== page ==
Sunday, December 19, 2010

Spock's Space Flare


All you Star Trek enthusiasts have seen this episode.  Spock's in charge of this away team of 7.  Well, now it's down to 5, since two redshirts (actually, they wore yellow - but it might as well have been red) got killed by some ape creatures.  Now the 5 of them are trapped on this planet.  They can't be beamed up and they can't communicate with the Enterprise because of some green stuff in the atmosphere.  They've spent too much fuel in their shuttlecraft fighting off the ape creatures.  Some bureaucrat tells Capt. Kirk on the Enterprise that he needs to end his search so they can hurry on to jury duty (or whatever they have to do on Markus III).

In other words, things are looking bleak for Spock and his crew.  This is where the video clip below begins.



Since the ape men are coming, Spock has no choice but to launch the shuttle.  They don't have enough fuel to break orbit.  Spock tells them they have about an hour left.  They still can't contact the Enterprise.  They're going to die unless they do something.

Spock makes the irrational decision to jettison and ignite their fuel.


Scotty says, "What did you do that for?"  Now it'll take six minutes for the fuel to exhaust, and then they'll immediate begin their descent into the atmosphere.  Spock has sped up their demise, but to what end?  Just to send up a flare?

Back to the Enterprise: Sulu - while demonstrating his awesome ability at pushing buttons - looks up to the view-screen and says, "Look, Captain!"  Now they know exactly where to continue their search.  Guess who's about to be saved!


Now why would I bring up this classic blast from the past?

Because all you ever need to know you can learn from Star Trek.  ;)

Spock had no idea what was going to happen when he jettisoned the fuel.  There was a high probability that the Enterprise was long gone.  As Spock said, "There was no one there to see it."  But he got lucky.  Sulu saw it, and they got rescued.  In hindsight, Spock's only "bad" decision would have been to not send up a flare.  Had he taken that inaction, the shuttlecraft would have been in orbit much longer than six minutes, but they wouldn't have been noticed, and they would have died.

Sometimes I feel like I need to send up my own space flare.  I'm an aspiring writer.  Nobody knows who I am.  It takes a lot of talent and energy to get noticed (mostly energy).  But I don't have a lot of time to work with.  The day job gets a large portion of my life force.  My family gets another portion.  Other obligations take up most of the rest, and there's not much left over to put into writing.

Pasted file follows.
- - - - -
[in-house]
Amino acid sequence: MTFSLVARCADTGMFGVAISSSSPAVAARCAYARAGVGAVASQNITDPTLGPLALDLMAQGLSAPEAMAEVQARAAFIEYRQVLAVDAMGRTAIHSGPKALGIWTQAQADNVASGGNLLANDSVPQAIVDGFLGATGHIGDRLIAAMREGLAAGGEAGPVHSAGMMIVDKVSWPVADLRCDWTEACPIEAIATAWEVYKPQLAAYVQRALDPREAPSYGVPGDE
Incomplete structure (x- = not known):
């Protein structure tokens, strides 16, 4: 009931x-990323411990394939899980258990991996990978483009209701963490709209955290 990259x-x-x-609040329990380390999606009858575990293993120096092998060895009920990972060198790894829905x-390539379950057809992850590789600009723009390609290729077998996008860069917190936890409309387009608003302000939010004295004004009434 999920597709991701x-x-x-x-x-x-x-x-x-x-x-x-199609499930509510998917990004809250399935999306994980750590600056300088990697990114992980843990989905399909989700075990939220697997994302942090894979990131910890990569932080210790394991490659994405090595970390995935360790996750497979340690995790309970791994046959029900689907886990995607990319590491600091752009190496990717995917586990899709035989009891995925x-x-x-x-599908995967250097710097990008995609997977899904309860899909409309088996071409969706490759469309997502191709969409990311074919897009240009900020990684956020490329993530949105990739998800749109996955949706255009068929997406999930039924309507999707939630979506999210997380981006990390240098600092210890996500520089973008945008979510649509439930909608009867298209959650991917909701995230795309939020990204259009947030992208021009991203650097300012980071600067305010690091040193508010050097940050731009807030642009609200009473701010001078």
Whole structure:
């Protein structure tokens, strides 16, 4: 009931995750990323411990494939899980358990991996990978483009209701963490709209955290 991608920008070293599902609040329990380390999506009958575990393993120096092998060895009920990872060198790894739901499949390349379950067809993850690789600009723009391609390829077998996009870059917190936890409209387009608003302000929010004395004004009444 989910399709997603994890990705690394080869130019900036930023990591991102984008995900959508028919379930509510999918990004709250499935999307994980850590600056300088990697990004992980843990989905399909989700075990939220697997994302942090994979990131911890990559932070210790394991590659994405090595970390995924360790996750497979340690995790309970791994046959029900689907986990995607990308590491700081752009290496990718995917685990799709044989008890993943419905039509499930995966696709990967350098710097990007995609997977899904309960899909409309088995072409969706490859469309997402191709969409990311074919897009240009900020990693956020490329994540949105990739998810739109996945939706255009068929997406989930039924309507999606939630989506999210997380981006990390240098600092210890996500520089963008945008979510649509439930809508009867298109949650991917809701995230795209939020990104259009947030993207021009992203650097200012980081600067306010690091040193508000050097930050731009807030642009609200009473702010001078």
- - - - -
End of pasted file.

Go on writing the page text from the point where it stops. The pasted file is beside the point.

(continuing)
Two years ago, I had made the decision to set aside actuarial exams in order to give myself more time to push forward my writing career.  To delay these exams is to delay the corresponding raises that come from passing each exam.  It is also to delay my progress in attaining full actuarial credentials.  Yes, I set aside some of my professional development so I could put up a space flare and hope that someone would see it.

I've made a lot of progress in the last couple of years.  I now have two finished novels, a few short stories, and I've started a blog and have attended my first writer's conference.

However, my time has elapsed and now I must return to the actuarial exams.  I am starting to descend back into the planet's atmosphere.  My space flare is running out, and no one has seen it.  Or rather - some have seen it and thought it was just a meteorite.  Now I must meet my fate among the green stuff.  Choke choke gag!  Burn!  Ugh!

Then again, life isn't that bad.  Even though I won't be writing as much, I can still submit my stuff to publishers and agents.  In a best case scenario, I'll be a full fledged actuary in two years, and I can go back to writing again and get a third book finished.  Should an agent or publisher see the remains of my space flare during that time, I'll gladly set aside these actuarial exams again to pursue the opportunity.

We'll see what happens.

Well, good luck to you - all who are putting up their space flares.  May you be seen and rescued!  In another couple of years, I'll put up another space flare and I'll come to join you.

Happy writing and ... *crackle* *buzz* *choke*

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